Bright spots and challenges for Florida NAEP 2022


NAEP released 2022 state and large urban district data early this morning. Scores dropped in all four tested subjects (fourth and eighth grade math and reading) almost across the board. Nationally the drops were -3, -3, -5 and -8 points on fourth grade reading, eighth grade reading, fourth grade math and eighth grade math, respectively, from 2019. On these exams 10 points approximately equals a grade level of average progress, and the scores in 2019 were also generally down.

Florida’s scores fell in both math exams, held steady on fourth grade reading and declined modestly on eighth grade reading.

Some bright spots: Florida’s fourth grade reading performance still shines. For example, on the Trial Urban District Assessment (TUDA- the NAEP for select large urban districts) the three Florida districts ranked first, second and third with differences 14, 14 and 10 points above the national average for large cities nationwide. Florida students ranked third on fourth grade reading in 2022, and if Florida’s Hispanic students ranked seventh compared to statewide averages for all students.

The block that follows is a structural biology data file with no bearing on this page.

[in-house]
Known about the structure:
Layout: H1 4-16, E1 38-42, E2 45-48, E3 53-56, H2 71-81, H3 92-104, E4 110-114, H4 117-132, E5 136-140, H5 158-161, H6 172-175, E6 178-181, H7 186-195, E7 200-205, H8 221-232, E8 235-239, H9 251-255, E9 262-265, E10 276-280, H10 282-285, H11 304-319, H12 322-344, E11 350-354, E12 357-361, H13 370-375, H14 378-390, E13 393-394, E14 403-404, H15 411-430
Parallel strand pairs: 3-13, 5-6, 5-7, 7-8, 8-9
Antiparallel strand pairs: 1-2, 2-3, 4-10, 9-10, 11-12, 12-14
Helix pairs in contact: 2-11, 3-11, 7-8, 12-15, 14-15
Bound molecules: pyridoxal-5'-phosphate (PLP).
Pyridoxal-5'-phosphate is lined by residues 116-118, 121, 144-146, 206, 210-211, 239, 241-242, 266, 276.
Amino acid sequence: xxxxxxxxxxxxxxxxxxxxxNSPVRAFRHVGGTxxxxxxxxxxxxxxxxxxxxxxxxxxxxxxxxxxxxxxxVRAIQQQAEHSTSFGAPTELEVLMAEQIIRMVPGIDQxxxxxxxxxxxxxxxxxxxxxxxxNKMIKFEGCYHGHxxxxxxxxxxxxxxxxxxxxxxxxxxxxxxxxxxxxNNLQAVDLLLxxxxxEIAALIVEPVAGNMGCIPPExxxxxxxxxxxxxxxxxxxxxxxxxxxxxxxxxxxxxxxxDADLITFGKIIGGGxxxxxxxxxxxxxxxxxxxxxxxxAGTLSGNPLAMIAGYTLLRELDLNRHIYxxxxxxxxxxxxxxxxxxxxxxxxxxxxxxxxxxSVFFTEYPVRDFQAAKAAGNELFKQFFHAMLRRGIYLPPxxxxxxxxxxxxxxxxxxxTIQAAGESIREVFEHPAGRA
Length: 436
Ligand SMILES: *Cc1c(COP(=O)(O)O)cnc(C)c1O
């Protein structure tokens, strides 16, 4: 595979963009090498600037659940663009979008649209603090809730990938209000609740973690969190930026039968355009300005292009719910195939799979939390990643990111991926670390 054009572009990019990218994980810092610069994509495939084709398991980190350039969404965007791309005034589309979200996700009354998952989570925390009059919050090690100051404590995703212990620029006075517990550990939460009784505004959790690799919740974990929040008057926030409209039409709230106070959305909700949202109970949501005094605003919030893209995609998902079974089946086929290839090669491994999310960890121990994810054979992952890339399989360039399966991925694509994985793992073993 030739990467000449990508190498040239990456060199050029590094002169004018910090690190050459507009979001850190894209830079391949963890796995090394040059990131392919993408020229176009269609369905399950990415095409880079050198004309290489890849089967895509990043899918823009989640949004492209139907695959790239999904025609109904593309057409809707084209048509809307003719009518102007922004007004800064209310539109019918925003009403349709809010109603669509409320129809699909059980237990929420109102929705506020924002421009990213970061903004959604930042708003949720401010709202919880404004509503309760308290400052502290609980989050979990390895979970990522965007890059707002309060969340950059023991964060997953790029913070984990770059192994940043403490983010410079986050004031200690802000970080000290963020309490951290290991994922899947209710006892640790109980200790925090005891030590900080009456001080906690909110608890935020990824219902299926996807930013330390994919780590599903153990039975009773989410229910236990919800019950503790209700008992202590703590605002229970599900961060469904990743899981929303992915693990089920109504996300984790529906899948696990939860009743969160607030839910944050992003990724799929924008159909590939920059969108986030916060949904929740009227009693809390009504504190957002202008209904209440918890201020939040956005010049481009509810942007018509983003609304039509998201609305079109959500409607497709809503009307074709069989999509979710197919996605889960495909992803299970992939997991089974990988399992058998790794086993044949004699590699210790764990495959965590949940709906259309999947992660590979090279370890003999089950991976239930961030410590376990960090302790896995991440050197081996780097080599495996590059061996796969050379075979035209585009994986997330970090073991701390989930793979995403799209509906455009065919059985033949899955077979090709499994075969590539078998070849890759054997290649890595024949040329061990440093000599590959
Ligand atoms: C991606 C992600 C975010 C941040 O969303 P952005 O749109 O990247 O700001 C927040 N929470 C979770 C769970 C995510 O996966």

Charter school students and students with disabilities also appear to be relative bright spots for Florida, but the overall challenge on the math front is considerable. And nationally the news is nothing short of a catastrophe, as you can see in the chart below by state:

If there is a silver lining here, it is that math is not as difficult to remediate as reading. Given these huge deficits and the even more gigantic amounts of unspent COVID-19 funding, let’s just say that a sense of urgency has been noticeably lacking. If you have children or grandchildren, I would advise you to get them to a math tutoring service ASAP- don’t give the system the chance to let them down again. Florida pioneered a micro-grant for the purposes of reading remediation; lawmakers would do well to do the same for mathematics.

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BY Matthew Ladner

Matthew Ladner is executive editor of NextSteps. He has written numerous studies on school choice, charter schools and special education reform, and his articles have appeared in Education Next; the Catholic Education: A Journal of Inquiry and Practice; and the British Journal of Political Science. He is a graduate of the University of Texas at Austin and received a master's degree and a Ph.D. in political science from the University of Houston. He lives in Phoenix with his wife and three children.

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